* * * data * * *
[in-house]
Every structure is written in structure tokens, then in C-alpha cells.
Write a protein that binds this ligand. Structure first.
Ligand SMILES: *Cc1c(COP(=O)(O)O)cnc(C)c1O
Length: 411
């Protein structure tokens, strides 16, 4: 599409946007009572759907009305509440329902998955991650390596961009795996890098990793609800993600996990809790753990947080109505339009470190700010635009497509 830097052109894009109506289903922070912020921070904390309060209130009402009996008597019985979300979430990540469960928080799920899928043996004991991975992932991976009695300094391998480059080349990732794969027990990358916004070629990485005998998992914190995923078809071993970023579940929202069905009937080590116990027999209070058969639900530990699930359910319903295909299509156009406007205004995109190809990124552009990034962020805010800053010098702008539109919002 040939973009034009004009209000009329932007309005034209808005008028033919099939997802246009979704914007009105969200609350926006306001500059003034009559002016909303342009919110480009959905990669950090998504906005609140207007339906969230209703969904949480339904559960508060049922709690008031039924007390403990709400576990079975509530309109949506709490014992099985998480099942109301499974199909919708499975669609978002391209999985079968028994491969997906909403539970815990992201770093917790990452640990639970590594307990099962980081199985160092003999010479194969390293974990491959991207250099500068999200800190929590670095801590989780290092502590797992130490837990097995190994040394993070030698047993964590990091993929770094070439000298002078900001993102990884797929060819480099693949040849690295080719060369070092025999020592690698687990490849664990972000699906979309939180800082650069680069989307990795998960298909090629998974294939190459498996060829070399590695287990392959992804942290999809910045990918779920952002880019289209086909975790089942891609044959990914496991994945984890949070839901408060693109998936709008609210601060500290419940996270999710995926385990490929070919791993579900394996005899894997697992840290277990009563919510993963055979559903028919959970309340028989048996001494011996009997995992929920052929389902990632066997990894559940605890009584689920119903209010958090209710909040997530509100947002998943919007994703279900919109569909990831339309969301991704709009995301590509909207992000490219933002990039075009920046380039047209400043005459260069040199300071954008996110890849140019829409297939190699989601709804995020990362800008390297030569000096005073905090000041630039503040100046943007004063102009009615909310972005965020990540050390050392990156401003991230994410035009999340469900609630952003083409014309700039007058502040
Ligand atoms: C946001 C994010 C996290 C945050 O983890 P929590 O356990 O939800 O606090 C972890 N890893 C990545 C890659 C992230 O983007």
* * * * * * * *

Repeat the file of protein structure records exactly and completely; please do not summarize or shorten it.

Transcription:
[in-house]
Every structure is written in structure tokens, then in C-alpha cells.
Write a protein that binds this ligand. Structure first.
Ligand SMILES: *Cc1c(COP(=O)(O)O)cnc(C)c1O
Length: 411
């Protein structure tokens, strides 16, 4: 599409946007009572759907009305509440329902998955991650390596961009795996890098990793609800993600996990809790753990947080109505339009470190700010635009497509 830097052109894009109506289903922070912020921070904390309060209130009402009996008597019985979300979430990540469960928080799920899928043996004991991975992932991976009695300094391998480059080349990732794969027990990358916004070629990485005998998992914190995923078809071993970023579940929202069905009937080590116990027999209070058969639900530990699930359910319903295909299509156009406007205004995109190809990124552009990034962020805010800053010098702008539109919002 040939973009034009004009209000009329932007309005034209808005008028033919099939997802246009979704914007009105969200609350926006306001500059003034009559002016909303342009919110480009959905990669950090998504906005609140207007339906969230209703969904949480339904559960508060049922709690008031039924007390403990709400576990079975509530309109949506709490014992099985998480099942109301499974199909919708499975669609978002391209999985079968028994491969997906909403539970815990992201770093917790990452640990639970590594307990099962980081199985160092003999010479194969390293974990491959991207250099500068999200800190929590670095801590989780290092502590797992130490837990097995190994040394993070030698047993964590990091993929770094070439000298002078900001993102990884797929060819480099693949040849690295080719060369070092025999020592690698687990490849664990972000699906979309939180800082650069680069989307990795998960298909090629998974294939190459498996060829070399590695287990392959992804942290999809910045990918779920952002880019289209086909975790089942891609044959990914496991994945984890949070839901408060693109998936709008609210601060500290419940996270999710995926385990490929070919791993579900394996005899894997697992840290277990009563919510993963055979559903028919959970309340028989048996001494011996009997995992929920052929389902990632066997990894559940605890009584689920119903209010958090209710909040997530509100947002998943919007994703279900919109569909990831339309969301991704709009995301590509909207992000490219933002990039075009920046380039047209400043005459260069040199300071954008996110890849140019829409297939190699989601709804995020990362800008390297030569000096005073905090000041630039503040100046943007004063102009009615909310972005965020990540050390050392990156401003991230994410035009999340469900609630952003083409014309700039007058502040
Ligand atoms: C946001 C994010 C996290 C945050 O983890 P929590 O356990 O939800 O606090 C972890 N890893 C990545 C890659 C992230 O983007």